Prosecutors this month sought to appropriate a land plot in the provincial capital, Khorugh, where a Central Asia University campus funded by the Aga Khan Development Network (AKDN) is located. The land was purchased by the AKDN in the late 1990s, but officials now say the sales were illegal.
The AKDN is a private development agency funded by the Aga Khan, the imam of the Ismaili Shi’ite community. The majority of Gorno-Badakhshan’s some 250,000 people identify as Ismailis.
The nationalization of the AKDN properties in Gorno-Badakhshan comes amid a crackdown in the remote, autonomous region that intensified in the wake of anti-government protests there in May 2022.
According to Tajik authorities, at least 10 people were killed, and 27 others were injured on both sides during clashes between protesters and security forces. Local activists, however, say security forces killed more than 50 people, ranging from unofficial local leaders to ordinary protesters.
Dozens of people in Gorno-Badakhshan — including activists, journalists, and community leaders — have since been arrested in connection with the protests, with many receiving lengthy prison sentences.
Soon after the protests were dispersed by security forces, authorities nationalized a hotel — the Khorug Serena Inn — that was built by the AKDN in Khorugh’s picturesque Tem area.
The government went on to nationalize a recreational park in Khorugh in August. The AKDN had reportedly invested about $4 million in the remaking of the park between 2004 and 2005.
Speaking on condition of anonymity, sources close to the matter in Khorugh said the Aga Khan Medical Center was to be targeted next. The $25 million facility opened in 2018.
Last month, the government suspended the license of the Aga Khan Lycee that was established in Khorugh in September 1998.
It will be renamed the State Lycee for Gifted Students and operate under the auspices of the Education Ministry.
Tajik authorities haven’t publicly commented on the closure of the AKDN entities. There have been no official statements by the AKDN.
RFE/RL’s Tajik Service contacted government officials but didn’t receive a response to its queries. AKDN representatives in Khorugh declined to comment.
Dushanbe has struggled to assert control in Gorno-Badakhshan, where so-called informal local leaders enjoy more influence than government officials appointed by the central government.
The region has been the scene of many anti-government protests that are met harshly by security forces over the years. Protest rallies are rare in the rest of the strictly controlled Central Asian nation where dissent is not tolerated.
Dozens of people were killed and wounded in Gorno-Badakhshan in 2012 in a clash between government forces and local militants sparked by the killing of a security official.
In 2014, at least three people were killed and several buildings set on fire in Khorugh in fighting between locals and security forces.
A new wave of protests erupted in Khorugh in November 2021 with up to 5,000 people attending daily rallies, according to local residents. At least one person was killed and several wounded in the protests that were sparked by the fatal shooting of a local man by police.
The four-day demonstration ended after negotiations between government officials and representatives of the protesters.
The government agreed to protesters’ demands that included dismantling police checkpoints and not opening criminal probes against the protest organizers.
But it launched a campaign against the informal leaders and other influential figures in the region — including those who had left the country.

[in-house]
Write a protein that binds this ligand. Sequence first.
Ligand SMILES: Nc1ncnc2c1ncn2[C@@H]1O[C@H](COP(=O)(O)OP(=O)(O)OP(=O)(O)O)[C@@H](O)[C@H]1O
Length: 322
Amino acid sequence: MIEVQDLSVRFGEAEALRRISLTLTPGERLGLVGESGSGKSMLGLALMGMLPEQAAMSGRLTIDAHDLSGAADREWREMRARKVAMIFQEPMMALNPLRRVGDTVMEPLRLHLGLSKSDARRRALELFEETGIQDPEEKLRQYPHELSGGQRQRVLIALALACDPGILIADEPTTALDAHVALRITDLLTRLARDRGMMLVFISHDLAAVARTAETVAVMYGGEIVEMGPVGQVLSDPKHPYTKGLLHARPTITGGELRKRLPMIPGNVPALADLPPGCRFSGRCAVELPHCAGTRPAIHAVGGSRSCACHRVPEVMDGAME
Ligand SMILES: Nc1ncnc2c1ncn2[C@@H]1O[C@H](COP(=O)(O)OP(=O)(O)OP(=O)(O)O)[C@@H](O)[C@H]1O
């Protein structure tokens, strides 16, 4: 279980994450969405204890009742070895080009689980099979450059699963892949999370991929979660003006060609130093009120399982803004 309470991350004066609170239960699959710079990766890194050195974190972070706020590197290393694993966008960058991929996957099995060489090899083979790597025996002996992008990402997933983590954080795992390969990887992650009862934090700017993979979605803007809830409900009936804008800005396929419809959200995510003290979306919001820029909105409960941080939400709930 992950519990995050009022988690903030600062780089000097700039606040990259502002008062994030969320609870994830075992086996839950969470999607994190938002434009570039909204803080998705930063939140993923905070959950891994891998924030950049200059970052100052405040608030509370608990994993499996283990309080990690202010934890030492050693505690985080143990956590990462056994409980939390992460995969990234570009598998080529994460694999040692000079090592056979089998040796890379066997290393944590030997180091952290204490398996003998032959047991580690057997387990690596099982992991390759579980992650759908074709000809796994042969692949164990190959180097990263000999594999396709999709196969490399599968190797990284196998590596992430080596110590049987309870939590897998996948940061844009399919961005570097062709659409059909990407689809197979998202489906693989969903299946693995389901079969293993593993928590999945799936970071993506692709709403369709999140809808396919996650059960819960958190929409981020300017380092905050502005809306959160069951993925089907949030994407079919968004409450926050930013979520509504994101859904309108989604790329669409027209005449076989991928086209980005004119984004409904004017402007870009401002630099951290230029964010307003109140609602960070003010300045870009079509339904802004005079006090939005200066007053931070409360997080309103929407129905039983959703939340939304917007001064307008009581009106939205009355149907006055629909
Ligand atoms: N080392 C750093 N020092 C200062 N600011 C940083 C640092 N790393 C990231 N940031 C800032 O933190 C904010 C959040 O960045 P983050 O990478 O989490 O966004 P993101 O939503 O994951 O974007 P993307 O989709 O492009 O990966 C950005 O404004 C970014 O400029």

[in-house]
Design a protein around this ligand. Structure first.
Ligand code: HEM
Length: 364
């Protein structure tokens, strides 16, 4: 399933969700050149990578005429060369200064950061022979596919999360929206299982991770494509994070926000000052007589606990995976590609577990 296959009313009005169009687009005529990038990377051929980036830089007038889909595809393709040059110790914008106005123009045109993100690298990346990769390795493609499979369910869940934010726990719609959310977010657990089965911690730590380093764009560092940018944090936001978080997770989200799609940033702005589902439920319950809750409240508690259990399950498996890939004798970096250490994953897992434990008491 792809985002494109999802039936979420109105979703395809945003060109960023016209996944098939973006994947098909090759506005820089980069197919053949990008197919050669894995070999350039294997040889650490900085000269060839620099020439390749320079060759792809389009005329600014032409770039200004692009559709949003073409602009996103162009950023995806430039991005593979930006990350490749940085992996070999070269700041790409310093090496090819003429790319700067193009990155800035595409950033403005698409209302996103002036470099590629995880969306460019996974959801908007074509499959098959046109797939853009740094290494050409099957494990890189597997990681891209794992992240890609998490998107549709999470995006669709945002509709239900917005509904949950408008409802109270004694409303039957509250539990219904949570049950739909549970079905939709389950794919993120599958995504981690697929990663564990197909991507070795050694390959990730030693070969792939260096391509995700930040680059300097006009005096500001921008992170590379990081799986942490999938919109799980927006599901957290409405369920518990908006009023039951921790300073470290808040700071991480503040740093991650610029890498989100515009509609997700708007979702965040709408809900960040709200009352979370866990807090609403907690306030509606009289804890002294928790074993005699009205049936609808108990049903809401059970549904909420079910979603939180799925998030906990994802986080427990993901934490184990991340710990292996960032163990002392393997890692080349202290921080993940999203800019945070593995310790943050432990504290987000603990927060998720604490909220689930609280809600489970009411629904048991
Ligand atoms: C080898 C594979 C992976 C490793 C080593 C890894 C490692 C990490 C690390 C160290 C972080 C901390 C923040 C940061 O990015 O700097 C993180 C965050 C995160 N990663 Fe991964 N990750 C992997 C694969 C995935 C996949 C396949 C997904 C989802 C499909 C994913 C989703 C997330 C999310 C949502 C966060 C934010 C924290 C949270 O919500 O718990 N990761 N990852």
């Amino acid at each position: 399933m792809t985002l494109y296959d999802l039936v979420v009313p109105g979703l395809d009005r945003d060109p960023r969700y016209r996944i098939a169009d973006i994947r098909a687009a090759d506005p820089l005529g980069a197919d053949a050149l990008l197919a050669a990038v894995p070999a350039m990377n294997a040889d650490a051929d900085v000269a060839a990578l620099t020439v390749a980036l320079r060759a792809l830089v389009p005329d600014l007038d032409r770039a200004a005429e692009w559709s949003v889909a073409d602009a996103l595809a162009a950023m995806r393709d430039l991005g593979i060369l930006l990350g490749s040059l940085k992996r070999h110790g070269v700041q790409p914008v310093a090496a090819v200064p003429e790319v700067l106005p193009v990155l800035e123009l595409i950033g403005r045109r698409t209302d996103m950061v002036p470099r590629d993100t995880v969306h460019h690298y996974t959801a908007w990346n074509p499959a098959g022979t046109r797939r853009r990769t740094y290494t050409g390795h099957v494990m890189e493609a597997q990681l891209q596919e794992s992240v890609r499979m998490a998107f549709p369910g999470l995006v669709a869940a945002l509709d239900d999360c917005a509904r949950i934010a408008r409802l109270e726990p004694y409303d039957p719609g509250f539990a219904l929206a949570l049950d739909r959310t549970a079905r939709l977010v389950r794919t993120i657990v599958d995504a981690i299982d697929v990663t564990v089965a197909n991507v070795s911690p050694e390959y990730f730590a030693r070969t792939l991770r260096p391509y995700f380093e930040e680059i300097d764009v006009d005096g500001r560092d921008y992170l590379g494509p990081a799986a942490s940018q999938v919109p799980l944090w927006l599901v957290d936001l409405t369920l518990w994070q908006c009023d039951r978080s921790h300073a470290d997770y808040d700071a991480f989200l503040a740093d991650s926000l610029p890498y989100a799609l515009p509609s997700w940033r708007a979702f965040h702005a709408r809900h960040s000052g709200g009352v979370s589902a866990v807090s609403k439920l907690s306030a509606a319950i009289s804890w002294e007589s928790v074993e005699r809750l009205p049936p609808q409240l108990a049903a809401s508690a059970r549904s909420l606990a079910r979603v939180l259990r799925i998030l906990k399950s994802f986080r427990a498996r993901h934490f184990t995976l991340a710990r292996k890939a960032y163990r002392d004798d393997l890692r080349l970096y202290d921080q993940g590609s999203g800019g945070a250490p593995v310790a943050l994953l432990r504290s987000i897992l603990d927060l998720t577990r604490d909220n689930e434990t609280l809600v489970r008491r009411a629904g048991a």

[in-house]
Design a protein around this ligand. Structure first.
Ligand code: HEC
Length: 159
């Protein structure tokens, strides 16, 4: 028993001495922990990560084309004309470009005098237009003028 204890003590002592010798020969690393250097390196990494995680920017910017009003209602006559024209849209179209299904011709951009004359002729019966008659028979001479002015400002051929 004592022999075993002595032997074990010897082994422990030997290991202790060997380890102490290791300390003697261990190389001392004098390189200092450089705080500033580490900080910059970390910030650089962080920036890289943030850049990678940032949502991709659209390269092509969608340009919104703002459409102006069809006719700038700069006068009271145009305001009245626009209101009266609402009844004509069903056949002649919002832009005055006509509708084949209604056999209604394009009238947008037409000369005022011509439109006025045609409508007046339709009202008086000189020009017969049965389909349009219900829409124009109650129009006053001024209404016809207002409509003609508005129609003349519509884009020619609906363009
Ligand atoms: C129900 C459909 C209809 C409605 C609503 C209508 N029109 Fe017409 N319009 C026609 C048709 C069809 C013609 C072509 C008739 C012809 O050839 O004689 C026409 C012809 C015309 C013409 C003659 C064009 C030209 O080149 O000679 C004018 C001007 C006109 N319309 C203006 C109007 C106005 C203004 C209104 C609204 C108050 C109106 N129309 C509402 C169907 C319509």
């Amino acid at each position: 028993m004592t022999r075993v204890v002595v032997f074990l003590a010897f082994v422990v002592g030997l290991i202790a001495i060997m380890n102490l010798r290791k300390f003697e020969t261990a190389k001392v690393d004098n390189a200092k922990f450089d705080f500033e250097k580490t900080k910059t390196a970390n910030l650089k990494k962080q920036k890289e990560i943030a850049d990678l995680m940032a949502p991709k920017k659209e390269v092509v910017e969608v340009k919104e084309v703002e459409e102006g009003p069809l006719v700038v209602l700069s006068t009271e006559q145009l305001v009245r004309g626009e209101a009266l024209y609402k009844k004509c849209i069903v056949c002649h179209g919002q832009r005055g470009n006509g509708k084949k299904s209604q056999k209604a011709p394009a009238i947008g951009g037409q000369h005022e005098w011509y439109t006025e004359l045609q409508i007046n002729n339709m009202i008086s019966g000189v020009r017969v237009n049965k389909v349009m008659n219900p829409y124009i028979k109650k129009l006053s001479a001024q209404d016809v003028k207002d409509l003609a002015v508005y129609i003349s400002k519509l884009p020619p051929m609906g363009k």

A longstanding mutual distrust between the government in Dushanbe and the people of Gorno-Badakhshan “is more palpable now than ever,” a local political observer told RFE/RL’s Tajik Service.
Speaking on condition of anonymity, the Khorugh native reiterated a relatively widespread sentiment that Dushanbe remains cautious of possible separatist ideas as well as the local population’s loyalty to the Aga Khan. The majority of people in the rest of Tajikistan adhere to Sunni Islam.
Most of the people living in Gorno-Badakhshan, who are also called Pamiris, have their own local languages.
“Suspicions among government officials toward the Aga Khan organizations have particularly deepened since the 2022 protests. Some officials even seem to believe these agencies provide financial backing to those who nurture separatist ideas, but this is a baseless suspicion,” the expert said. “The Aga Khan and his agencies don’t need or seek instability here.”
Edward Lemon, a Central Asia expert at Texas A&M University, says that “while the Aga Khan is their spiritual leader and Pamiris do have their own languages and religion, there is no viable pathway to independence or desire to be formally independent.”
“What Pamiris are seeking is their right to live a dignified life autonomously from government interference and repression,” he told RFE/RL. “But the government will not allow this.”
Lemon described the relationship between the Aga Khan and the Tajik government as “uneasy.”
Authorities in Tajikistan have never publicly alluded to any mistrust toward the AKDN presence in the country.
In the early 2000s, Tajik President Emomali Rahmon maintained what seemed to be a cordial relationship with the current Aga Khan — Shah Karim al-Husseini — who visited Tajikistan several times.
The Aga Khan, 86, last traveled to Tajikistan in 2012.
The AKDN first launched its projects in Tajikistan in the 1990s, providing humanitarian assistance to the country amid civil war.
The AKDN expanded its operation to other spheres, including education, finance, and health care, employing some 3,500 people across the country at its peak. It’s not known how many jobs were affected by the recent appropriation of the agency’s properties.
Written and reported by Farangis Najibullah with additional reporting by RFE/RL Tajik Service correspondent Mirzonabi Kholiqzod